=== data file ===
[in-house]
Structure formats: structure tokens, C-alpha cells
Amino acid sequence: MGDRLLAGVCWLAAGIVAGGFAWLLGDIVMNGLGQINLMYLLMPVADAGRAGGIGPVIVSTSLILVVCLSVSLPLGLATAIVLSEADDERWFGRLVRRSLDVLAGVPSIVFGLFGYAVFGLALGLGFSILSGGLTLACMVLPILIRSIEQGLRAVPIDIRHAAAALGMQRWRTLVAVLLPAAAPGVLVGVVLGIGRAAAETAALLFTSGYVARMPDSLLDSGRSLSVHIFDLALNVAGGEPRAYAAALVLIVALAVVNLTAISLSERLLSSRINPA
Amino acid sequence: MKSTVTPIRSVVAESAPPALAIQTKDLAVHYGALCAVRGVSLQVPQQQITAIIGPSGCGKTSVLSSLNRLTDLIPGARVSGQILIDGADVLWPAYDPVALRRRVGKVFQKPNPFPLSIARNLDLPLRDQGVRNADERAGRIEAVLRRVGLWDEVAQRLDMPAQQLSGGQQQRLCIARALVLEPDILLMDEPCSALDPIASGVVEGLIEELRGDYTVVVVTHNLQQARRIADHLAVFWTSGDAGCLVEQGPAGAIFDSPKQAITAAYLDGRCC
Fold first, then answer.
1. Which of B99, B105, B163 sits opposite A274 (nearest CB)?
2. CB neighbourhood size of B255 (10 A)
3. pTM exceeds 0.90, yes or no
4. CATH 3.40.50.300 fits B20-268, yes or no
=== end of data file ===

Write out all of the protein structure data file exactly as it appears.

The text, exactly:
[in-house]
Structure formats: structure tokens, C-alpha cells
Amino acid sequence: MGDRLLAGVCWLAAGIVAGGFAWLLGDIVMNGLGQINLMYLLMPVADAGRAGGIGPVIVSTSLILVVCLSVSLPLGLATAIVLSEADDERWFGRLVRRSLDVLAGVPSIVFGLFGYAVFGLALGLGFSILSGGLTLACMVLPILIRSIEQGLRAVPIDIRHAAAALGMQRWRTLVAVLLPAAAPGVLVGVVLGIGRAAAETAALLFTSGYVARMPDSLLDSGRSLSVHIFDLALNVAGGEPRAYAAALVLIVALAVVNLTAISLSERLLSSRINPA
Amino acid sequence: MKSTVTPIRSVVAESAPPALAIQTKDLAVHYGALCAVRGVSLQVPQQQITAIIGPSGCGKTSVLSSLNRLTDLIPGARVSGQILIDGADVLWPAYDPVALRRRVGKVFQKPNPFPLSIARNLDLPLRDQGVRNADERAGRIEAVLRRVGLWDEVAQRLDMPAQQLSGGQQQRLCIARALVLEPDILLMDEPCSALDPIASGVVEGLIEELRGDYTVVVVTHNLQQARRIADHLAVFWTSGDAGCLVEQGPAGAIFDSPKQAITAAYLDGRCC
Fold first, then answer.
1. Which of B99, B105, B163 sits opposite A274 (nearest CB)?
2. CB neighbourhood size of B255 (10 A)
3. pTM exceeds 0.90, yes or no
4. CATH 3.40.50.300 fits B20-268, yes or no